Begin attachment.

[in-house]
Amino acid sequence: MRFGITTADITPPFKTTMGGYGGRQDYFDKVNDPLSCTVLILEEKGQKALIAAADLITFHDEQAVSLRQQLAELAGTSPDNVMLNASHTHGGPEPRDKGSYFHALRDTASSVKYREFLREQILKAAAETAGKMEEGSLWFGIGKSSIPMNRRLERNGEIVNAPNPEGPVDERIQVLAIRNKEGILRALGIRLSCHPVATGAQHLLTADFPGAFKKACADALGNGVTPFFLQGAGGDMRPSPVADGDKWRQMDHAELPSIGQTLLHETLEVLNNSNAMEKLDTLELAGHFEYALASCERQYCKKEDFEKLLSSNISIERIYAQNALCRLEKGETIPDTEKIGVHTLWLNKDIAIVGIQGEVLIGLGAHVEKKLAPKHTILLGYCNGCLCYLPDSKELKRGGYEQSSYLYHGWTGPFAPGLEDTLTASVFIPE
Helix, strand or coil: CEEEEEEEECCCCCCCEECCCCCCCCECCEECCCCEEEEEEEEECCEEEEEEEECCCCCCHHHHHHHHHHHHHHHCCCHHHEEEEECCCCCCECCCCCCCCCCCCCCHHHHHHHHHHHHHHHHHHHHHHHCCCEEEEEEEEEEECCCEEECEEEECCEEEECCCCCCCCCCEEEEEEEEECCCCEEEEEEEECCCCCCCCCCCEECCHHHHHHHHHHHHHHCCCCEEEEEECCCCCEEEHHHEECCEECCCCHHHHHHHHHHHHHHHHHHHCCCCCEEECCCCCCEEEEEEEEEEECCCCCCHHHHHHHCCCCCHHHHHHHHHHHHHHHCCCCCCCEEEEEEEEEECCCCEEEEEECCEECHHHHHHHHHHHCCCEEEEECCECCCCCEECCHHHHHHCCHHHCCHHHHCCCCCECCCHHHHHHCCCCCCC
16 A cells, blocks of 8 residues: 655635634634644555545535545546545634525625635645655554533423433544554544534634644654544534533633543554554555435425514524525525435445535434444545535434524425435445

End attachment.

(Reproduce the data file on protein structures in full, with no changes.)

[in-house]
Amino acid sequence: MRFGITTADITPPFKTTMGGYGGRQDYFDKVNDPLSCTVLILEEKGQKALIAAADLITFHDEQAVSLRQQLAELAGTSPDNVMLNASHTHGGPEPRDKGSYFHALRDTASSVKYREFLREQILKAAAETAGKMEEGSLWFGIGKSSIPMNRRLERNGEIVNAPNPEGPVDERIQVLAIRNKEGILRALGIRLSCHPVATGAQHLLTADFPGAFKKACADALGNGVTPFFLQGAGGDMRPSPVADGDKWRQMDHAELPSIGQTLLHETLEVLNNSNAMEKLDTLELAGHFEYALASCERQYCKKEDFEKLLSSNISIERIYAQNALCRLEKGETIPDTEKIGVHTLWLNKDIAIVGIQGEVLIGLGAHVEKKLAPKHTILLGYCNGCLCYLPDSKELKRGGYEQSSYLYHGWTGPFAPGLEDTLTASVFIPE
Helix, strand or coil: CEEEEEEEECCCCCCCEECCCCCCCCECCEECCCCEEEEEEEEECCEEEEEEEECCCCCCHHHHHHHHHHHHHHHCCCHHHEEEEECCCCCCECCCCCCCCCCCCCCHHHHHHHHHHHHHHHHHHHHHHHCCCEEEEEEEEEEECCCEEECEEEECCEEEECCCCCCCCCCEEEEEEEEECCCCEEEEEEEECCCCCCCCCCCEECCHHHHHHHHHHHHHHCCCCEEEEEECCCCCEEEHHHEECCEECCCCHHHHHHHHHHHHHHHHHHHCCCCCEEECCCCCCEEEEEEEEEEECCCCCCHHHHHHHCCCCCHHHHHHHHHHHHHHHCCCCCCCEEEEEEEEEECCCCEEEEEECCEECHHHHHHHHHHHCCCEEEEECCECCCCCEECCHHHHHHCCHHHCCHHHHCCCCCECCCHHHHHHCCCCCCC
16 A cells, blocks of 8 residues: 655635634634644555545535545546545634525625635645655554533423433544554544534634644654544534533633543554554555435425514524525525435445535434444545535434524425435445